07/06/2010 at 13:05
No worries Claire. I once blanched some spinach and found a poor caterpillar writhing in agony in the boiling water. It died a few seconds later. Am always really careful to check now.
09/06/2010 at 07:08
Cuckoo spit, in my roses, lavendor plants, I get the jet (garden hose) BUT THEY NEXT DAY, plan B, take them out with a damn cloths, this take long time. My grand father, taught me, ash, how to get ash, I normally burn all my paper work,take the ash and just sprinkle on to cuckoo spit. There are seveal way of get rid of them, such joy going around the flowers borders, if you time, patient. Hope you will enjoy my experience, thank you Ramya Perera, Brighton
09/06/2010 at 08:09
What an encouraging blog. I have noticed cuckoo spit on my lavender this year. It looks a bit odd but I leave it alone as I too have seen an increase in species of wildlife in my garden.When I noticed it a few days ago it cheered me up. Long may it continue . idon't find it a pest at all.
09/06/2010 at 13:42
Hmmm, interesting... I've seen there's been a fair amount of cuckoo spit appearing on my rosemary lately and I've just noticed a couple of blobs on adjacent strawberries too, and came online to read more about froghoppers and find out what the best way of getting rid of the spit is - but after what everyone's said here I may well just leave it as most of you don't seem to regard it as a problem as such. I can take a bit of insect poo froth with my herbs :)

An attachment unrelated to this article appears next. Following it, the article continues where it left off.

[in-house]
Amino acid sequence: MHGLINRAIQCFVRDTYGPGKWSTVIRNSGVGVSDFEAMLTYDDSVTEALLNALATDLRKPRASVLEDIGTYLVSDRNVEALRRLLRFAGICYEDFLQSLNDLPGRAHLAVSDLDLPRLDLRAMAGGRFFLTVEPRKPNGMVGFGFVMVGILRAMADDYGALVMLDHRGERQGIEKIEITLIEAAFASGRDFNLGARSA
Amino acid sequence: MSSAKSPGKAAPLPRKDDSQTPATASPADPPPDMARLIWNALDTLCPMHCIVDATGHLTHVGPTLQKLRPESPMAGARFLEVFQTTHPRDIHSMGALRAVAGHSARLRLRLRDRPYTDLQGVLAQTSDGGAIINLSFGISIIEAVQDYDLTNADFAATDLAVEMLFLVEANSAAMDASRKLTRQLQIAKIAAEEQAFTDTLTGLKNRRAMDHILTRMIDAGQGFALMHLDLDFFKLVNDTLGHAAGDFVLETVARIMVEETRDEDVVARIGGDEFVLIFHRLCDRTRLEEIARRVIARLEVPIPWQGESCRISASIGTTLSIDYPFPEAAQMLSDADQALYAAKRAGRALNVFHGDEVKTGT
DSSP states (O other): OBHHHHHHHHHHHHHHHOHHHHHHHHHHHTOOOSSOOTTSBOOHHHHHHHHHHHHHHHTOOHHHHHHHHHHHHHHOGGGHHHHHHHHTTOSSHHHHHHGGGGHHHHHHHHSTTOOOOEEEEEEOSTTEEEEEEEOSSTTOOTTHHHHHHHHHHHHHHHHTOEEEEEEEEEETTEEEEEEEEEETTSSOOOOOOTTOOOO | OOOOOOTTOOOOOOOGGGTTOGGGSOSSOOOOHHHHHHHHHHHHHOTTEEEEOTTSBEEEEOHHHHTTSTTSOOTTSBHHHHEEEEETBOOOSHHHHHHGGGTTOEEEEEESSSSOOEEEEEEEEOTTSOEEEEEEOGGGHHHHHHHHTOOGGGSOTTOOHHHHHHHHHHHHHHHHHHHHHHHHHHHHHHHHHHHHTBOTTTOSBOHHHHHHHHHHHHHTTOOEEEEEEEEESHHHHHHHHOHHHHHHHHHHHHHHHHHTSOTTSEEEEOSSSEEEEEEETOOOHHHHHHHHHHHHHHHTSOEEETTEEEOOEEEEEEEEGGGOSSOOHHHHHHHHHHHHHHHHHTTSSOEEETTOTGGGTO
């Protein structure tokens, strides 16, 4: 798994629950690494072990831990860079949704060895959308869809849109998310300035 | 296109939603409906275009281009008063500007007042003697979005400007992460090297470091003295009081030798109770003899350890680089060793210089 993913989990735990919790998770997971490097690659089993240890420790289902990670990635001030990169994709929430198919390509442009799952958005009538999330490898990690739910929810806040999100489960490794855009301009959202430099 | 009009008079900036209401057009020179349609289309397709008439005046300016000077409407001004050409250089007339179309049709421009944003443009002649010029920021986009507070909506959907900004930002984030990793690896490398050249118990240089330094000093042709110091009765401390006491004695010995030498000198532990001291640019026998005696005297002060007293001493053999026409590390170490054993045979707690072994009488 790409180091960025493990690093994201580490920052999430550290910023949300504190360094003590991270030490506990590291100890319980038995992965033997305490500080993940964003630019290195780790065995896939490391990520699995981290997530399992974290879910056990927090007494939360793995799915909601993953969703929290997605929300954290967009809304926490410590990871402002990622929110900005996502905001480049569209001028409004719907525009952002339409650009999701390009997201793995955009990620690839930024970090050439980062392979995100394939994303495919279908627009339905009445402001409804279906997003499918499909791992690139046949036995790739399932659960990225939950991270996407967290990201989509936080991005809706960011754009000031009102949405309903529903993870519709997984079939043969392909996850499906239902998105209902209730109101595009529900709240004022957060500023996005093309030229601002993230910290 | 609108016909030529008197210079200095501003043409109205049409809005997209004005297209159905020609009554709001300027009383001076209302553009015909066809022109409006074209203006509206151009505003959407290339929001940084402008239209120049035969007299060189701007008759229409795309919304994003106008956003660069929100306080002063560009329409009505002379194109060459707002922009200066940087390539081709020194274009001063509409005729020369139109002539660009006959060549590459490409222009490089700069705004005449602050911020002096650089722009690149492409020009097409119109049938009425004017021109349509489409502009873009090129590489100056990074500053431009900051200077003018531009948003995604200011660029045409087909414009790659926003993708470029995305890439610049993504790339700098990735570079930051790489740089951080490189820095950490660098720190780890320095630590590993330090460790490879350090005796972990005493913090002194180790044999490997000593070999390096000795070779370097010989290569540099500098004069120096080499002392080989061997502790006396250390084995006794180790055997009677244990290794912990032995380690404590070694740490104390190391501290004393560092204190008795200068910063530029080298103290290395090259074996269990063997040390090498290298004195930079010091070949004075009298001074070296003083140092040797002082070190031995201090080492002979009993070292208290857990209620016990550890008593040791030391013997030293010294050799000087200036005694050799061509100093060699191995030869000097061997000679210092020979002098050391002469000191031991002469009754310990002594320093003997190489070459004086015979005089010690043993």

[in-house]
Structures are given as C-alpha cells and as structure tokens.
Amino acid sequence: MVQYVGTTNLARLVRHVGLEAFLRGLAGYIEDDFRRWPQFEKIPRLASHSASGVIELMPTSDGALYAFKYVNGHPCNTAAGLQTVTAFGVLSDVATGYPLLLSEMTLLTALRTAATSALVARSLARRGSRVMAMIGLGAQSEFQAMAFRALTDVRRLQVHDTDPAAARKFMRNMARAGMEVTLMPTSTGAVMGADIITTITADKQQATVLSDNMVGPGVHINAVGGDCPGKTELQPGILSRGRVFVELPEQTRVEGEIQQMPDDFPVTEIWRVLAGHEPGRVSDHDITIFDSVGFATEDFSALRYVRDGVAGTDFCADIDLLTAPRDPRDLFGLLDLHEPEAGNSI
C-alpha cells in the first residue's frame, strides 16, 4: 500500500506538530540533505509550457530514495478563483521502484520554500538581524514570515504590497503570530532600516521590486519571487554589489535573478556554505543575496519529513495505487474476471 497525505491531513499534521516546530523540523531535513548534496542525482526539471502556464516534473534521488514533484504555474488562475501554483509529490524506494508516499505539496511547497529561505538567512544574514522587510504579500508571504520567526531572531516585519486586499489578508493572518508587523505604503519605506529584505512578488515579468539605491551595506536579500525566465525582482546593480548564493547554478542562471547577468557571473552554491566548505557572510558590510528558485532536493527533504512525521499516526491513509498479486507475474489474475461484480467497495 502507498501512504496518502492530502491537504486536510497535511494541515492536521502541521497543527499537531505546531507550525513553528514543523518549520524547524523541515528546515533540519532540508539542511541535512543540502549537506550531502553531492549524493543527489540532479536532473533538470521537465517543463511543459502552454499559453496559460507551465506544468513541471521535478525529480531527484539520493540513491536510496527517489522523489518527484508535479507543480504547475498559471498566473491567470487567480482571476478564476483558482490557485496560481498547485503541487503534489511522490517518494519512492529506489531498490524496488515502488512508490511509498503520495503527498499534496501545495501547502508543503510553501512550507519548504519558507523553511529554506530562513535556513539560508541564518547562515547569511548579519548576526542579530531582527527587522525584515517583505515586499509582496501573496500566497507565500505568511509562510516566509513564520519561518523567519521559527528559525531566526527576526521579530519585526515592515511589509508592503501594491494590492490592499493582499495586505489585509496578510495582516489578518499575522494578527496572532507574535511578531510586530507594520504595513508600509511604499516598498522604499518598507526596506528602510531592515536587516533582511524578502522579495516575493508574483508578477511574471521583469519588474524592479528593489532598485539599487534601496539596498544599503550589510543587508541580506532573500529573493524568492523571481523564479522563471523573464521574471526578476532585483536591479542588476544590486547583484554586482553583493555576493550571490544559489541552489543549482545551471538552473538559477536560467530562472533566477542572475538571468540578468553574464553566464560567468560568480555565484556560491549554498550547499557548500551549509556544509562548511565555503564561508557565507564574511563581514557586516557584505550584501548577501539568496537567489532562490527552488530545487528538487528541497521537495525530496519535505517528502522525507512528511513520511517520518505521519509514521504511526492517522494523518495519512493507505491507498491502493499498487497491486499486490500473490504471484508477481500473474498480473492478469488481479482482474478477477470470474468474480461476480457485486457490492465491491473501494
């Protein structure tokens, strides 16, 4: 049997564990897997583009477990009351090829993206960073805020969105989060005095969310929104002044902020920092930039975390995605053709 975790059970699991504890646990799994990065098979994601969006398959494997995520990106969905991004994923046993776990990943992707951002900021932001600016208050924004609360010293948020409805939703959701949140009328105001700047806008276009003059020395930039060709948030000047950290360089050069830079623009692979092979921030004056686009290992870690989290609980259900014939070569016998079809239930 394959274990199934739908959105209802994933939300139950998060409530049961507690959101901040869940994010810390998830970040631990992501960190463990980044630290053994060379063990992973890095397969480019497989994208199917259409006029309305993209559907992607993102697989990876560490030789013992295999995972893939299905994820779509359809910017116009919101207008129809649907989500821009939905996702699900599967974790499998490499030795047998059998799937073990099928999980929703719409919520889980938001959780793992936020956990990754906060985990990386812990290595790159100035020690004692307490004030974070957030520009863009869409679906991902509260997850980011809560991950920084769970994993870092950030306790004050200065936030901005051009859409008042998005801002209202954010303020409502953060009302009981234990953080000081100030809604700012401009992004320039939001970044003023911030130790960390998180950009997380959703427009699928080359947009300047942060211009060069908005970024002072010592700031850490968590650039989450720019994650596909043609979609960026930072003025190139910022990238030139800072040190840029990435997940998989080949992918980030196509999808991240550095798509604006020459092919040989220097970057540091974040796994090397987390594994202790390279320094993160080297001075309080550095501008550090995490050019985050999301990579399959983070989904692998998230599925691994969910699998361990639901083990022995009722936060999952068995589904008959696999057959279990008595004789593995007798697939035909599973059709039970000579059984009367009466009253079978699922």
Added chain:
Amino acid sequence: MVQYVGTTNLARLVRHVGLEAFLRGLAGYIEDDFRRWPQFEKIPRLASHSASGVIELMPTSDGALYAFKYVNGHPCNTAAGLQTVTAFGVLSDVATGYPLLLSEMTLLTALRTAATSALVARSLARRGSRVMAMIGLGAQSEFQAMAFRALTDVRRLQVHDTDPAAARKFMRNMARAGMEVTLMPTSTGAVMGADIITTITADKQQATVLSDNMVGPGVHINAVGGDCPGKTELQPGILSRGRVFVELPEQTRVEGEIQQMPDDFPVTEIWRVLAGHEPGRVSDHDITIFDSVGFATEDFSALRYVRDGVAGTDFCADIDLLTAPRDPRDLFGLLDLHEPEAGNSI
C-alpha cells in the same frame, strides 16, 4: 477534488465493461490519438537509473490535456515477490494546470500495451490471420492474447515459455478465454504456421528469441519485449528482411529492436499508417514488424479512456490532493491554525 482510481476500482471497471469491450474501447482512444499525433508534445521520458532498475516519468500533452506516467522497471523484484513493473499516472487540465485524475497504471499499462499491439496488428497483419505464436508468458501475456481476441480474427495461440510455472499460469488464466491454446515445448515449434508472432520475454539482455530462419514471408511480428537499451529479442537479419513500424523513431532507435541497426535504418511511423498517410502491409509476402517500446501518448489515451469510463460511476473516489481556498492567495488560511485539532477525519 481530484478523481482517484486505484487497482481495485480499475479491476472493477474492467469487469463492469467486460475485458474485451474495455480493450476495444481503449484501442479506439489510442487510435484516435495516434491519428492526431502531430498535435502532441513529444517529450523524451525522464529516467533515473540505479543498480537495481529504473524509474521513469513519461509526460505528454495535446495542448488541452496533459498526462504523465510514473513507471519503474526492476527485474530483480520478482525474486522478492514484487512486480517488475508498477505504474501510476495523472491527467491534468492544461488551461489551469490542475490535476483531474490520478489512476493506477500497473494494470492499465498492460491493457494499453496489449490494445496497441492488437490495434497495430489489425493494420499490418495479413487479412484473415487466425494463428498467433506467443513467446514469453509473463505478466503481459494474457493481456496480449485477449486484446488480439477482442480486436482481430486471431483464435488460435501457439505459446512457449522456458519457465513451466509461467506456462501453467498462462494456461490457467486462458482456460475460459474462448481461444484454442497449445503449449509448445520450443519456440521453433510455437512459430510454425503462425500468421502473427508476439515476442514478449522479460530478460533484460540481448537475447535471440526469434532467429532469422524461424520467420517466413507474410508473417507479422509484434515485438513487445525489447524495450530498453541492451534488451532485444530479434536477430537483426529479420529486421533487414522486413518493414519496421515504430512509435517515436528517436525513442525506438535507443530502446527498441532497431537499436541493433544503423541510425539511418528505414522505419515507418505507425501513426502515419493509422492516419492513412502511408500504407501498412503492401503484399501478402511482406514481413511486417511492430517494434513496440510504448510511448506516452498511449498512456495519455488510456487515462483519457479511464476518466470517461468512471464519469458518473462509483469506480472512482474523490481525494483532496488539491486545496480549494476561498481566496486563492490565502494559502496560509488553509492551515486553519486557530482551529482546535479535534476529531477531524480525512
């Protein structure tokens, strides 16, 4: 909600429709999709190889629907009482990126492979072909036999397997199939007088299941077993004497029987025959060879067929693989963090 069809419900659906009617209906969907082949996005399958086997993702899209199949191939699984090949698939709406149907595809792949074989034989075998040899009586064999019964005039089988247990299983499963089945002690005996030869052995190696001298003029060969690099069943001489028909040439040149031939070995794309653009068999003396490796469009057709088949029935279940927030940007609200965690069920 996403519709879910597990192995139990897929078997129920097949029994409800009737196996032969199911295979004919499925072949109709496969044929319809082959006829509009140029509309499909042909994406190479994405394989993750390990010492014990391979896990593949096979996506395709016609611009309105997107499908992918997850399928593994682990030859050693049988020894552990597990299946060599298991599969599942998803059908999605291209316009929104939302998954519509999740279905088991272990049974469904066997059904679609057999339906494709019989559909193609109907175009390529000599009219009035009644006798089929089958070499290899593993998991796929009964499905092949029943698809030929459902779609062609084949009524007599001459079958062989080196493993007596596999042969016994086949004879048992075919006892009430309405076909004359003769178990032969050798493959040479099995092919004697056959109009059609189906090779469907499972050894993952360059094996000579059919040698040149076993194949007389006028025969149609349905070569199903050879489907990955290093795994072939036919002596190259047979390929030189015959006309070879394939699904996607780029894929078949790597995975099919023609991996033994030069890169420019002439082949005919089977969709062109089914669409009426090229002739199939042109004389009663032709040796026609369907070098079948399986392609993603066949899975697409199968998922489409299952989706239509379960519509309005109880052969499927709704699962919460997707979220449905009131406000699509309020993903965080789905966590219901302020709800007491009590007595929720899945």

09/06/2010 at 18:22
i have always wondered what cuckoo spit is!I found some on my lavender and strawberries the other day. Another wildlife edition to the garden!I have bees living in the roof of the house and a birds nest on the eves.we are getting rather crowded.
1 to 20 of 31 messages